Variables, Data Types, Type Annotation And Enum In TypeScript

In this article, we will see Variable Declaration, Type Annotation, different Data Types, Array and Enum in TypeScript.

Variable Declaration

We declare variables using the let keyword.

Type the following command in command prompt,

code datatype.ts



Press enter, VS Code window will appear.

Write the following code,

  1. lettotalCount=10;  


So, here I am assigning the number 10 to variable totalCount. Now, if I assign some string data to it then it will give compilation error:

  1. lettotalCount=10;  
  2. totalCount='Sunday';  


Type '"Sunday"' is not assignable to type 'number'.

We can do this perfectly in JavaScript because in JavaScript we can change the data type on the fly.

We have not defined any data type for the variable totalCount, here TypeScript identifies the data type from the content which is being assigned to the variable totalCount. You can also define a variable by mentioning the data type as shown below:

  1. lettotalCount:number=10;  

We can also define a variable without mentioning data type and without assigning any value:

  1. letcustomerName;  

See the above variable declaration, here we have not mentioned any data type for variable ‘customerName’ and we have not assigned any data to variable ‘customerName’, it is similar to a variable defined in JavaScript.

Now, we can assign any type of data to ‘customerName’ variable.

  1. letcustomerName;  
  2. customerName='Ravi';  
  3. customerName=10;  
  4. customerName=true;  

All of the above statements are correct and it will be compiled without any error. Here type of variable ‘customerName’ will be ‘any’, so the below 2 statements are equivalent :

  1. letcustomerName;  
  2. letcustomerName:any;  

Type Annotation

If we don't know the value of variable then we can use type annotation. Below is the syntax for declaring a variable using Type Annotation:

  1. letcustomerName:string;  

After variable declaration we can assign values:

  1. customerName='Ravi';  

Using type annotation, we have declared that customerName will be of type string so now it will accept only string data and the statements where we have assigned a number and boolean values will give a compilation error.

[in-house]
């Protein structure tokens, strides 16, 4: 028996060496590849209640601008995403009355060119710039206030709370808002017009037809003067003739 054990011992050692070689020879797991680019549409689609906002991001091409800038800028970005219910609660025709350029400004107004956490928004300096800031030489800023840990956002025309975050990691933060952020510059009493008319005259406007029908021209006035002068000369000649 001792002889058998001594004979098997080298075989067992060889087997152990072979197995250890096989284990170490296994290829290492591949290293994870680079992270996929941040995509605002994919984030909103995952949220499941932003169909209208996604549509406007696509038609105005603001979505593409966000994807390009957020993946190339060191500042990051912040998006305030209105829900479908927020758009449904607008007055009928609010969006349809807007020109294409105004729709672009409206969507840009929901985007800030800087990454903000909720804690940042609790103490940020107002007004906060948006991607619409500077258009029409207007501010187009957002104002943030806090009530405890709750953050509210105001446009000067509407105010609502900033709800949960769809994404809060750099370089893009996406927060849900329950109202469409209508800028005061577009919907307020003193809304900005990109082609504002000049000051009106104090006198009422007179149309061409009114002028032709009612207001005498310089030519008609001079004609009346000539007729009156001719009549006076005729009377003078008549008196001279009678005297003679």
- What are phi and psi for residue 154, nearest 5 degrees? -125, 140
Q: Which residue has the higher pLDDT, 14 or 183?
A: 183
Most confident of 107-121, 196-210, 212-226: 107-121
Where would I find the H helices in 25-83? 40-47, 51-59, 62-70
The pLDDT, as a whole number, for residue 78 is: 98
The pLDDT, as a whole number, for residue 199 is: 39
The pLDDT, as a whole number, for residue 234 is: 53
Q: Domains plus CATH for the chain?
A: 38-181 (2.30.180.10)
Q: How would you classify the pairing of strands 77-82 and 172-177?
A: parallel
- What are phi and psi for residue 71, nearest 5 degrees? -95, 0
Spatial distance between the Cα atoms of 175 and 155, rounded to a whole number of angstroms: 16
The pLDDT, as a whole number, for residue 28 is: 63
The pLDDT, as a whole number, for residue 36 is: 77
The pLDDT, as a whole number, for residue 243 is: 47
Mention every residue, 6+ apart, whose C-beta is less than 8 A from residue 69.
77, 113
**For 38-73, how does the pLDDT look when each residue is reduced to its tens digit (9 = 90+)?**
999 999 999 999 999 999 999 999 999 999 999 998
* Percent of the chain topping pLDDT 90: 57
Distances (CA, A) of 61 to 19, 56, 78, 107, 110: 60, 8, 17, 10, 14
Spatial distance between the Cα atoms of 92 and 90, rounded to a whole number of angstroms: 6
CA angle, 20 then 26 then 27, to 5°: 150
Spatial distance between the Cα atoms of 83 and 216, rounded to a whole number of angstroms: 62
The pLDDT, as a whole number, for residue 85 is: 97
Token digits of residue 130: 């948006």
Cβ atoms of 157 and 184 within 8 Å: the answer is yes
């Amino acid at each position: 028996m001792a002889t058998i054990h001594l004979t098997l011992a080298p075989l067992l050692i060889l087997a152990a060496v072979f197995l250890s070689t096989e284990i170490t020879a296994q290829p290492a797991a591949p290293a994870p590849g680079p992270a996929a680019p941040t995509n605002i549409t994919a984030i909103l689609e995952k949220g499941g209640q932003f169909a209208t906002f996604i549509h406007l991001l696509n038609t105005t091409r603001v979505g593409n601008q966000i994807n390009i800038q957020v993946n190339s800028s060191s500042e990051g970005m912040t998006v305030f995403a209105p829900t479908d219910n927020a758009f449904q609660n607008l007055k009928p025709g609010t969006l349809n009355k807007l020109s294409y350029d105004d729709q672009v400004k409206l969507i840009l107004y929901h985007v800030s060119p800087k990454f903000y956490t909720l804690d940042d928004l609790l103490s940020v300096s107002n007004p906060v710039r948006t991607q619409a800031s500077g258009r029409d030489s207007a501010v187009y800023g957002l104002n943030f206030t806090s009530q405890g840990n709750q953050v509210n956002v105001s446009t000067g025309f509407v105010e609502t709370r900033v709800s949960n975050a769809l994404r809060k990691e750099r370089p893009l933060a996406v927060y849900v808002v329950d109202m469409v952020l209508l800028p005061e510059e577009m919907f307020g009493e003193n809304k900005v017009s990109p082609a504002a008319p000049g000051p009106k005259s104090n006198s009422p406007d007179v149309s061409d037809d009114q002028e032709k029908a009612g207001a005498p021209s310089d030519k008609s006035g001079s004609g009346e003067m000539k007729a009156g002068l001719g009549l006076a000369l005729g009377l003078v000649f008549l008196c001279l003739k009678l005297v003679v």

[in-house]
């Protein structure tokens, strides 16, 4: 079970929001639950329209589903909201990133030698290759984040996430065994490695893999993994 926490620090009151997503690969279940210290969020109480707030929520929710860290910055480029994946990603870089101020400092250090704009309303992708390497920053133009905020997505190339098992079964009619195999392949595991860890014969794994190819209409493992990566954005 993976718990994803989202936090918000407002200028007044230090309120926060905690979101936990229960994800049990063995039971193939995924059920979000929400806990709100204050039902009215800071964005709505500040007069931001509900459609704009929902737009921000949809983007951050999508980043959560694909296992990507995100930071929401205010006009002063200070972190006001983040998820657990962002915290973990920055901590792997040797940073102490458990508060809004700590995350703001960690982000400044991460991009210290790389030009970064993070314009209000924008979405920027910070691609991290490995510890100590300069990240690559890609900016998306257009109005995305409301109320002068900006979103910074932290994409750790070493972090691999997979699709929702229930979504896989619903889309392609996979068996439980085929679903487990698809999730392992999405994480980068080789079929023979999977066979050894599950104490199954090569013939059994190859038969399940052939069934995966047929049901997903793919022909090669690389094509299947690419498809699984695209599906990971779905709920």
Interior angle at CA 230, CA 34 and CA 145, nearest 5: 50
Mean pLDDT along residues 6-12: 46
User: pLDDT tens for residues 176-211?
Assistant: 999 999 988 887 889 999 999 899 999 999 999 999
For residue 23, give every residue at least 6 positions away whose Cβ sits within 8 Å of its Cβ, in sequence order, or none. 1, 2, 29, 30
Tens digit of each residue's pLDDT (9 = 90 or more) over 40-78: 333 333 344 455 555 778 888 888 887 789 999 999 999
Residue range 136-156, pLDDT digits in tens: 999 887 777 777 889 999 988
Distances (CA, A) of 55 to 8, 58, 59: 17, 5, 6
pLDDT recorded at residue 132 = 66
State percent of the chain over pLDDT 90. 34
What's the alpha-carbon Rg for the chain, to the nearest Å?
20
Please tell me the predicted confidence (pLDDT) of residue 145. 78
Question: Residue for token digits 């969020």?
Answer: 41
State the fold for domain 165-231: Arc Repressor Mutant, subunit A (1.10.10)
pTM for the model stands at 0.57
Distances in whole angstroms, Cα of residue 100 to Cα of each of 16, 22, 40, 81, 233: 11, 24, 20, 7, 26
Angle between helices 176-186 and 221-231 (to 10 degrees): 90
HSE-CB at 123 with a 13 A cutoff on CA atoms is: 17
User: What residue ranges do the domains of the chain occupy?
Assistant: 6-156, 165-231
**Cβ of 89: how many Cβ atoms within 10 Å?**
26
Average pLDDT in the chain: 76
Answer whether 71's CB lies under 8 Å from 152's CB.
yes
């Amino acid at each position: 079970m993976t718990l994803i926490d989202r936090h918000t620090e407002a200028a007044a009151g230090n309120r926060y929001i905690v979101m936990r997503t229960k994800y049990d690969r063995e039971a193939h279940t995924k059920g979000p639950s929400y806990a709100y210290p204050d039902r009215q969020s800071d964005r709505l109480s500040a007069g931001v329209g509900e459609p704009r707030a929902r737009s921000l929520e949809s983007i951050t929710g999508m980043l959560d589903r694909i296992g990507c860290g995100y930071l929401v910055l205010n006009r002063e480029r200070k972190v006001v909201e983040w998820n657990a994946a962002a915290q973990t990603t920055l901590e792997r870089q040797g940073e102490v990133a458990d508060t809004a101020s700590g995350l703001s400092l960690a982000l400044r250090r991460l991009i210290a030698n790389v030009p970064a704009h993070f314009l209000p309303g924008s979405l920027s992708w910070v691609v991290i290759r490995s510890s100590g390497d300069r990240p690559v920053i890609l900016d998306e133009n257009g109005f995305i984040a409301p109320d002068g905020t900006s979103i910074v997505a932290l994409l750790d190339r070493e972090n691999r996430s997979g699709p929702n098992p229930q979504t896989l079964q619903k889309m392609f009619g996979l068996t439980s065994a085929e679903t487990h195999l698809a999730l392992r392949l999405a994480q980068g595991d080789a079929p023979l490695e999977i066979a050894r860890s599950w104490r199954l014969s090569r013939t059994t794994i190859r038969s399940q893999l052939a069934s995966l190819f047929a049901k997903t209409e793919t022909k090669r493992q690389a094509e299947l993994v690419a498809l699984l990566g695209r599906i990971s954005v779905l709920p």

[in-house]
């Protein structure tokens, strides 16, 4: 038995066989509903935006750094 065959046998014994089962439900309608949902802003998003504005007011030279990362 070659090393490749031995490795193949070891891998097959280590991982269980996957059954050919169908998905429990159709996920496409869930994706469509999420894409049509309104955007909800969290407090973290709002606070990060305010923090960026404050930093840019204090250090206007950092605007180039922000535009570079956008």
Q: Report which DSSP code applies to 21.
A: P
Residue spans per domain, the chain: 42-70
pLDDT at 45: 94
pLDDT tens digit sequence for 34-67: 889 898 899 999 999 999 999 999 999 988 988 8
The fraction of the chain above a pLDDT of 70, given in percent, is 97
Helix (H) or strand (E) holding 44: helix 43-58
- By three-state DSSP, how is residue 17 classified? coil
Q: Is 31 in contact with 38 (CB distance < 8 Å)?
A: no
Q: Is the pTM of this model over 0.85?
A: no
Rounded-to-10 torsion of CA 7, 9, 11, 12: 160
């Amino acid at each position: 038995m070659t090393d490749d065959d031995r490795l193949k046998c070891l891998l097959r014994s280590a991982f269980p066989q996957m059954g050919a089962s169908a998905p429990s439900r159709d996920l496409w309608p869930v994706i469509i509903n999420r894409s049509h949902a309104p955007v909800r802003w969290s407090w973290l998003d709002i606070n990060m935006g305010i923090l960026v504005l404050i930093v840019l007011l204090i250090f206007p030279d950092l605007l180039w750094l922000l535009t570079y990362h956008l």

Data Types

In TypeScript we have different data types:

  • Number
  • String
  • Boolean
  • Any

We have number datatype which can include integer as well as a float. We have a string data type. We have Boolean which can have true and false values. We also have ‘any’ which can hold any type of data.

  1. letage: number = 30;  
  2. letfullname: string = 'Rajesh Verma';  
  3. letisActive: boolean = true;  
  4. letx: any;  


Now, we will see the syntax for declaring the array, in the below code we have declared an array of numbers,

  1. letorderAmounts:number[];  

We can also initialize the array at the time of declaration, below is the syntax for initializing an array,

  1. letorderAmounts:number[]=[1000,2000,3000];  

We can also declare an array with type ‘any’ which can hold multiple data types,

  1. letcustomerDetails:any[]=['Ayush','',true,29,8876712121];  


Enum is a group of related constants, we can put all related constants into a container.

Now we will see the syntax for declaring Enum in typescript,

  1. enumWorkingDays {Monday,Tuesday, Wednesday,Thurday};  

In Enum, the first element automatically gets value 0 and all subsequent elements are assigned value incremented by one.

  1. enumWorkingDays {Monday=0,Tuesday=1, Wednesday=2,Thurday=3}; 

We should assign values explicitly in enum to avoid further mistakes when someone else is adding some constant value in the existing enum.

Now, we will see the syntax for using an enum,

  1. letworkingDay=WorkingDays.Monday; 

You can visit my below articles if you want to understand installation of TypeScript and VS Code,